The Great Barrier reef is a spectacular example of the changing ecological landscape of a continent.
In a decade, its ecosystem has undergone massive transformations as a result of climate change and is now more diverse and less susceptible to disease.
But in this new context, it is also a key part of the planet’s biodiversity.
The reef has been in decline for more than a century, largely because of a combination of human activities, pollution, and habitat loss.
Now, the effects of these processes on the Great Australian Biodiversity is on the rise.
The impact of climate Change The impacts of climate is one of the main drivers of biodiversity loss on the reef, with the reef losing up to 40% of its marine mammals over the past century, and up to 50% of the invertebrate species.
The Great Australian Barrier Reef (GABR) is the world’s largest coral reef, covering more than 200,000 square kilometres (98,500 square miles).
It is the largest marine ecosystem on Earth and is home to an incredible variety of species.
This includes over 50,000 species of coral, a variety of sea birds, over 100 species of sharks, and over 10,000 plant species.
In the last decade, the impacts of human activity on the ecosystem have been devastating.
The Reef is now facing its most serious bleaching event in the past 50 years, and coral bleaching is currently affecting the most vulnerable and most threatened species, including corals, seabirds, turtles, molluscs, and corals and shells.
As a result, the reef is losing around 50% more coral and more than 20% of seabird species in just the past 20 years.
These changes have already been devastating for some of the species on the GABR, including seaborses, loggerhead turtles, and brown pelicans.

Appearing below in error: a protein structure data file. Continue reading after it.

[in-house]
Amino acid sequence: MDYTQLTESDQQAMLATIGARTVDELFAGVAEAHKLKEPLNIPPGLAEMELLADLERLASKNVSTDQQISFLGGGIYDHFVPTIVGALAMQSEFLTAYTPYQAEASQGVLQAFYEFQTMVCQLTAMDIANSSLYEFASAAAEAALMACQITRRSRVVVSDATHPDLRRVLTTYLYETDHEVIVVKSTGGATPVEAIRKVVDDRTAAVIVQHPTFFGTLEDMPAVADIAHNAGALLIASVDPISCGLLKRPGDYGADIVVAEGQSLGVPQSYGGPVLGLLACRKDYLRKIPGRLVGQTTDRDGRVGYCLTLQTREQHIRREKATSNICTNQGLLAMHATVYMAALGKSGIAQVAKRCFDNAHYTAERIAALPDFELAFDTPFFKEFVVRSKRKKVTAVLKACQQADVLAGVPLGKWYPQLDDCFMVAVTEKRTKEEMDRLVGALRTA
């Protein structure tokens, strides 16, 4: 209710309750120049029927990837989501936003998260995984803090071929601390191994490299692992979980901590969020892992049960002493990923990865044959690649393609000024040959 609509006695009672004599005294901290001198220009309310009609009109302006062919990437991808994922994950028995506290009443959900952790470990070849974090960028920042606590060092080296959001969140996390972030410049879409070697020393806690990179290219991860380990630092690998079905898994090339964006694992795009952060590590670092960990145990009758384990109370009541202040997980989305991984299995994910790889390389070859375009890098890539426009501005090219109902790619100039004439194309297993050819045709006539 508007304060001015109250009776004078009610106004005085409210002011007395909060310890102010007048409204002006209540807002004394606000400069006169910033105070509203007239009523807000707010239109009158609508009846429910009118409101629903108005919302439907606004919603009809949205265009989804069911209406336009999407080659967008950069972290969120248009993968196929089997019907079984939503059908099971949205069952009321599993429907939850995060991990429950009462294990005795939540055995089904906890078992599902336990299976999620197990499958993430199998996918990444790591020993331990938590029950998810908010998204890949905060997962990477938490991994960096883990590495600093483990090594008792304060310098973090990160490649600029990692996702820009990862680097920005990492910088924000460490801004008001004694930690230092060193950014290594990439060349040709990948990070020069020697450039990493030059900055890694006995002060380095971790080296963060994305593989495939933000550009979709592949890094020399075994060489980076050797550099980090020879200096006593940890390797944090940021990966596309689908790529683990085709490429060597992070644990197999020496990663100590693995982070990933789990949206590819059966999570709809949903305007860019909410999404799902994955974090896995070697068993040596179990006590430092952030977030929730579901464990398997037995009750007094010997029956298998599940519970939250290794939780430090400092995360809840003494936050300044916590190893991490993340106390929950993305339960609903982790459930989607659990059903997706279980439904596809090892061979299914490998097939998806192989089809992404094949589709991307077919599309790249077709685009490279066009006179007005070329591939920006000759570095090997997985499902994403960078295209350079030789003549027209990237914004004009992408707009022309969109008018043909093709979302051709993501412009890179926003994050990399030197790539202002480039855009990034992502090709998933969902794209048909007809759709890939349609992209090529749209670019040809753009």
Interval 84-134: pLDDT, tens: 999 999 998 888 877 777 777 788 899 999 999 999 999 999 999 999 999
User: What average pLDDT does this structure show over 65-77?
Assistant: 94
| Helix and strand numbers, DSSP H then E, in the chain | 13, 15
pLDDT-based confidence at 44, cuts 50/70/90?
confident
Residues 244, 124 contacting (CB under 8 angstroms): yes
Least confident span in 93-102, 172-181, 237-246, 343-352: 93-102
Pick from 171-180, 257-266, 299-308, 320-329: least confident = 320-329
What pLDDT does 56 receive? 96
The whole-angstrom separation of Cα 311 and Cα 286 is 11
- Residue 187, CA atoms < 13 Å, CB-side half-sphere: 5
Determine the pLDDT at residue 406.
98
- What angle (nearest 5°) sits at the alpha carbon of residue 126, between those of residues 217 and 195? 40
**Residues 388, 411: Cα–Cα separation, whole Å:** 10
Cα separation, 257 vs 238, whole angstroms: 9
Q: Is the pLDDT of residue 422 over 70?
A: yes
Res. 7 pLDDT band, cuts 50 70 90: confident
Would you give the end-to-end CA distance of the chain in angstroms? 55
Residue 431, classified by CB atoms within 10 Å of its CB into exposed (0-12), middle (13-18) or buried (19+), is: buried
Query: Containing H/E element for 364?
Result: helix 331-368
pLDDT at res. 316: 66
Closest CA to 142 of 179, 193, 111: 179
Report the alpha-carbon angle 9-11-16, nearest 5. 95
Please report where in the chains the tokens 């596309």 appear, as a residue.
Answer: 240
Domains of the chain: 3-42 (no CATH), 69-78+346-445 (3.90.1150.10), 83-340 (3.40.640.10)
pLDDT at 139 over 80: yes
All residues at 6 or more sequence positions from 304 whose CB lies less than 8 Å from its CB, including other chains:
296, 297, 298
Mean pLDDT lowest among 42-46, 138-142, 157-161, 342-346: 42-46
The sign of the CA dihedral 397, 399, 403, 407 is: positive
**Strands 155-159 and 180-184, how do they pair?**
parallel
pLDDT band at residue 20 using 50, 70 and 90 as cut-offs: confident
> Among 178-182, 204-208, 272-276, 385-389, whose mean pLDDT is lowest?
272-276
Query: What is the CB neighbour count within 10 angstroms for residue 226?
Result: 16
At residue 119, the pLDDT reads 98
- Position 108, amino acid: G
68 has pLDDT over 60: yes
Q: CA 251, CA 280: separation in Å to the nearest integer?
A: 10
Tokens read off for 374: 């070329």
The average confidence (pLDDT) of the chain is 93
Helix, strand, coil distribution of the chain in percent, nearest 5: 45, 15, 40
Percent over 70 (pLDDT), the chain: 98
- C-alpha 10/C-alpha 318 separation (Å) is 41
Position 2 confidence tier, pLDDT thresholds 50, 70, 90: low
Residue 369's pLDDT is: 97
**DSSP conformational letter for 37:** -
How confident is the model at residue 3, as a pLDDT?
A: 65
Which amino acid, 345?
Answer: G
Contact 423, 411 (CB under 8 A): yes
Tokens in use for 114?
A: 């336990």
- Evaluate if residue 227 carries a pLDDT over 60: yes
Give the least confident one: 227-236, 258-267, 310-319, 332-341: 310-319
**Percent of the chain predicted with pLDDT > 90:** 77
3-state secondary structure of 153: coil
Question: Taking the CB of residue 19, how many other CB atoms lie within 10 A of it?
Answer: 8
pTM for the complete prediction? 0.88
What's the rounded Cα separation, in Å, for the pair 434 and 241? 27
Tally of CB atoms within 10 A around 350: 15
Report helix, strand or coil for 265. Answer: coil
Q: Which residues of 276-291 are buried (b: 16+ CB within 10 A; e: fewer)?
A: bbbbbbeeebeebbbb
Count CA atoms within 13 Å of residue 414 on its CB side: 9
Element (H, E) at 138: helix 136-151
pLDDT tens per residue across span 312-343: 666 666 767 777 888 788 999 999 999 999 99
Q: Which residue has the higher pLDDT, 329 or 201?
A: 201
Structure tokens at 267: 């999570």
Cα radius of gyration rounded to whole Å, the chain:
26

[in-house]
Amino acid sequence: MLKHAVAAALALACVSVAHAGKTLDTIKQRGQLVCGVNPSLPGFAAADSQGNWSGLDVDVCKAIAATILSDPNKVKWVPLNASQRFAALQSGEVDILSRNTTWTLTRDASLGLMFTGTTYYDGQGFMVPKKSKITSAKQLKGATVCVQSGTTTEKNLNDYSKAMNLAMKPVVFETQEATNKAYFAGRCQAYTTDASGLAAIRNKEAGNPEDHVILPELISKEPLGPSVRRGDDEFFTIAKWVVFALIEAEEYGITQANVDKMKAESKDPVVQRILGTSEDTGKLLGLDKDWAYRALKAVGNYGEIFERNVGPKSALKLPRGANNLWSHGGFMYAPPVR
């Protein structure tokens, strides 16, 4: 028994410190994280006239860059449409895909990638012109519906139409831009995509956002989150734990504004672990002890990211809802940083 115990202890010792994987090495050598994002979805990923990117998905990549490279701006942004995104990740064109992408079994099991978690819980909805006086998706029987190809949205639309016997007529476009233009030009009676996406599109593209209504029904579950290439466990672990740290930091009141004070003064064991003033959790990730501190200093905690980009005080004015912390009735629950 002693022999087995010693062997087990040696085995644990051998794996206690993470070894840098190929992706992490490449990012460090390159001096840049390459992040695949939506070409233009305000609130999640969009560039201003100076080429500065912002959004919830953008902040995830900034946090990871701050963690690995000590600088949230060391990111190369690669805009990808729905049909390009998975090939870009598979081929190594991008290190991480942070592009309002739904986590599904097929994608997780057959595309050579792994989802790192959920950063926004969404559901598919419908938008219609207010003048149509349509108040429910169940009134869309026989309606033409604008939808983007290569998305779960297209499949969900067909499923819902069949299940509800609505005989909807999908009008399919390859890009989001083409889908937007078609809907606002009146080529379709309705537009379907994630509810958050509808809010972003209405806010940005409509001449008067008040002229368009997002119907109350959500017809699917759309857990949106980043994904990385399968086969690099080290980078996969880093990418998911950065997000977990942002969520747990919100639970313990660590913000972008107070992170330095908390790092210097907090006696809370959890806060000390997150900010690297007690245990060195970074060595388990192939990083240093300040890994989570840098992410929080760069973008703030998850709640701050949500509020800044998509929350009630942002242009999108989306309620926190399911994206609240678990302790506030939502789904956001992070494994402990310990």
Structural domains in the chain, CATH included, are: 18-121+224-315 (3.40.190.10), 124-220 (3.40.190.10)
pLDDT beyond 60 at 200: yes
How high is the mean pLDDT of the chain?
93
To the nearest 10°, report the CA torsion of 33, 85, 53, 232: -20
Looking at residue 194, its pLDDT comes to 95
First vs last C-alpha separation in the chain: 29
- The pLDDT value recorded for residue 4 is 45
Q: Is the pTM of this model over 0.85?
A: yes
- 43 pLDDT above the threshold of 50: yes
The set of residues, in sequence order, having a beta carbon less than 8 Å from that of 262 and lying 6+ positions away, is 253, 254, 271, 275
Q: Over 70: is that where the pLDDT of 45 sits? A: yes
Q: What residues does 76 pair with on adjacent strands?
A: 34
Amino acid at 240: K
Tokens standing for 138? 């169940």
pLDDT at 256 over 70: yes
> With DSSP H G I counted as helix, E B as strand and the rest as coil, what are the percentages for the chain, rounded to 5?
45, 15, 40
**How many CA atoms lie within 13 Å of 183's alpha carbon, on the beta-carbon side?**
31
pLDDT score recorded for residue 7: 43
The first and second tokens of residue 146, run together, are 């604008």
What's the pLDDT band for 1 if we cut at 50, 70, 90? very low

In addition to the impacts on these species, the bleaching events have also impacted other species, such as sea birds and turtles.
This has affected the survival of many marine species, and has resulted in declines in coral reef biodiversity as well.
Many species of corals are already declining due to these events.
Many of the key species of reef animals, such a sturgeon, krill, and periwinkle, are declining due a combination for habitat loss and climate change.
The effects of climate on the reefs is the most profound effect on the species that live there, but the impacts are not limited to the reefs.
Coral bleaching affects the habitats of many fish and animals that live on the ocean floor.
The coral bleached by the fires of 2017 was the first time in the last 40 years that the reefs of the Gabre are in such poor condition that fish can’t be found.
This means that the species of fish and invertebrates that live off the Gabbro are at risk, and they are in danger of disappearing, as is the coral reefs habitat.
This is due to changes in the water conditions that occur due to the climate.
As the climate changes, the temperature in the ocean rises.
The climate can also change the types of animals that thrive and reproduce on the coral reef.
Coral reef fish can become sick, and this can lead to the death of some species.
A recent study from the University of Queensland, published in the Proceedings of the National Academy of Sciences, found that the effects on coral reefs were exacerbated by climate change, and that many species are now dying because they are not able to survive.
Some of the most endangered species on Gabbros reef, such seabees, seahorses, and sharks, have been showing the effects that are already occurring, including the loss of key features such as kelp forests, which provide habitat for many marine animals.
Some coral reefs in the Great Basin have also been affected by the warming oceans, as have some of its coastal areas.
There are also some regions that are experiencing some warming, including parts of the southern Great Barrier.
This warming has also affected other ecosystems, such the Great Anzio Reef.
This coral reef area has been suffering from the effects from the warming ocean for years.
Many reefs are being lost, and these areas of the reef are currently experiencing some of their worst effects.
The impacts are being felt across the Great Southern Barrier Reef, the Great South Coast Reef, and even the Great Antarctic Peninsula, which is home for the Great Great Barrier’s largest group of marine life, the coral-reef krill.
This area has also been hit hard by climate warming, as a direct result of a warmer ocean.
This research by the University, found coral bleaches on GABRs southern coast were significantly greater than those on other sections of the region.
This can also be seen in some areas that are in the South West of the Barrier Reef.
Some areas that have already suffered from climate change are now experiencing the effects as well, including many areas that used to be in the south-west of the Australian